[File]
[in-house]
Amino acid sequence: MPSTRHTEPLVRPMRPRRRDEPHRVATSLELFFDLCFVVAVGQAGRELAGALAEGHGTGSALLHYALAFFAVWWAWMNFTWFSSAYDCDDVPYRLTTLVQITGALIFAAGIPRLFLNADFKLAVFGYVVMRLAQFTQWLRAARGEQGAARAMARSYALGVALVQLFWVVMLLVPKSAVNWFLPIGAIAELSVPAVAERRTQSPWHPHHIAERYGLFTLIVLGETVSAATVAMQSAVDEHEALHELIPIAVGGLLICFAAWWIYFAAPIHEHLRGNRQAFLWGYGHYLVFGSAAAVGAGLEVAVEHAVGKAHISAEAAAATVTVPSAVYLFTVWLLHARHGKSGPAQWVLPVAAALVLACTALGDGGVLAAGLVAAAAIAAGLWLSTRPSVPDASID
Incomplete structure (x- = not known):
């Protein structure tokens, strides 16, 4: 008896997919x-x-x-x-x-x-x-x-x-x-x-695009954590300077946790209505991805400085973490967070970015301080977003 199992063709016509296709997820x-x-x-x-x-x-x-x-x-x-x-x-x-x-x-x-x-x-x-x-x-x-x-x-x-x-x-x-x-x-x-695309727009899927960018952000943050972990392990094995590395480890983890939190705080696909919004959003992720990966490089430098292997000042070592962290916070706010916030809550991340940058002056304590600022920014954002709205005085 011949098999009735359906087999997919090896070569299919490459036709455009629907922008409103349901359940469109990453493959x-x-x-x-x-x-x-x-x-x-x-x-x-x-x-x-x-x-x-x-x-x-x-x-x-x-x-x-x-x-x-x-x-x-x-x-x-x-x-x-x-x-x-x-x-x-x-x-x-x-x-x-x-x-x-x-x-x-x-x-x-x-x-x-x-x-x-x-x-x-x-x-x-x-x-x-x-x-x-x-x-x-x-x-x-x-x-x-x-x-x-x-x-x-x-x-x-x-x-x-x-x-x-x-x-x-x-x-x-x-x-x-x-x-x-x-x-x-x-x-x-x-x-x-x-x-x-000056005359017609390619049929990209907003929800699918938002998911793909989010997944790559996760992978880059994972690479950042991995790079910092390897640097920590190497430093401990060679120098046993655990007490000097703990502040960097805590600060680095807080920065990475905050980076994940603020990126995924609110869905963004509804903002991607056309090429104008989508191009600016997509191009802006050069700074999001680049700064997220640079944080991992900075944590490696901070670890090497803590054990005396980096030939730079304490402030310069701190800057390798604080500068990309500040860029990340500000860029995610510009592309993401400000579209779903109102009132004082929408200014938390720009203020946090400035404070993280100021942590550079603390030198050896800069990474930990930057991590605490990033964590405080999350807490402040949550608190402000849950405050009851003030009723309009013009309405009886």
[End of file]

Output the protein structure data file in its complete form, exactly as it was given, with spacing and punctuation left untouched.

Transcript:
[in-house]
Amino acid sequence: MPSTRHTEPLVRPMRPRRRDEPHRVATSLELFFDLCFVVAVGQAGRELAGALAEGHGTGSALLHYALAFFAVWWAWMNFTWFSSAYDCDDVPYRLTTLVQITGALIFAAGIPRLFLNADFKLAVFGYVVMRLAQFTQWLRAARGEQGAARAMARSYALGVALVQLFWVVMLLVPKSAVNWFLPIGAIAELSVPAVAERRTQSPWHPHHIAERYGLFTLIVLGETVSAATVAMQSAVDEHEALHELIPIAVGGLLICFAAWWIYFAAPIHEHLRGNRQAFLWGYGHYLVFGSAAAVGAGLEVAVEHAVGKAHISAEAAAATVTVPSAVYLFTVWLLHARHGKSGPAQWVLPVAAALVLACTALGDGGVLAAGLVAAAAIAAGLWLSTRPSVPDASID
Incomplete structure (x- = not known):
């Protein structure tokens, strides 16, 4: 008896997919x-x-x-x-x-x-x-x-x-x-x-695009954590300077946790209505991805400085973490967070970015301080977003 199992063709016509296709997820x-x-x-x-x-x-x-x-x-x-x-x-x-x-x-x-x-x-x-x-x-x-x-x-x-x-x-x-x-x-x-695309727009899927960018952000943050972990392990094995590395480890983890939190705080696909919004959003992720990966490089430098292997000042070592962290916070706010916030809550991340940058002056304590600022920014954002709205005085 011949098999009735359906087999997919090896070569299919490459036709455009629907922008409103349901359940469109990453493959x-x-x-x-x-x-x-x-x-x-x-x-x-x-x-x-x-x-x-x-x-x-x-x-x-x-x-x-x-x-x-x-x-x-x-x-x-x-x-x-x-x-x-x-x-x-x-x-x-x-x-x-x-x-x-x-x-x-x-x-x-x-x-x-x-x-x-x-x-x-x-x-x-x-x-x-x-x-x-x-x-x-x-x-x-x-x-x-x-x-x-x-x-x-x-x-x-x-x-x-x-x-x-x-x-x-x-x-x-x-x-x-x-x-x-x-x-x-x-x-x-x-x-x-x-x-x-000056005359017609390619049929990209907003929800699918938002998911793909989010997944790559996760992978880059994972690479950042991995790079910092390897640097920590190497430093401990060679120098046993655990007490000097703990502040960097805590600060680095807080920065990475905050980076994940603020990126995924609110869905963004509804903002991607056309090429104008989508191009600016997509191009802006050069700074999001680049700064997220640079944080991992900075944590490696901070670890090497803590054990005396980096030939730079304490402030310069701190800057390798604080500068990309500040860029990340500000860029995610510009592309993401400000579209779903109102009132004082929408200014938390720009203020946090400035404070993280100021942590550079603390030198050896800069990474930990930057991590605490990033964590405080999350807490402040949550608190402000849950405050009851003030009723309009013009309405009886």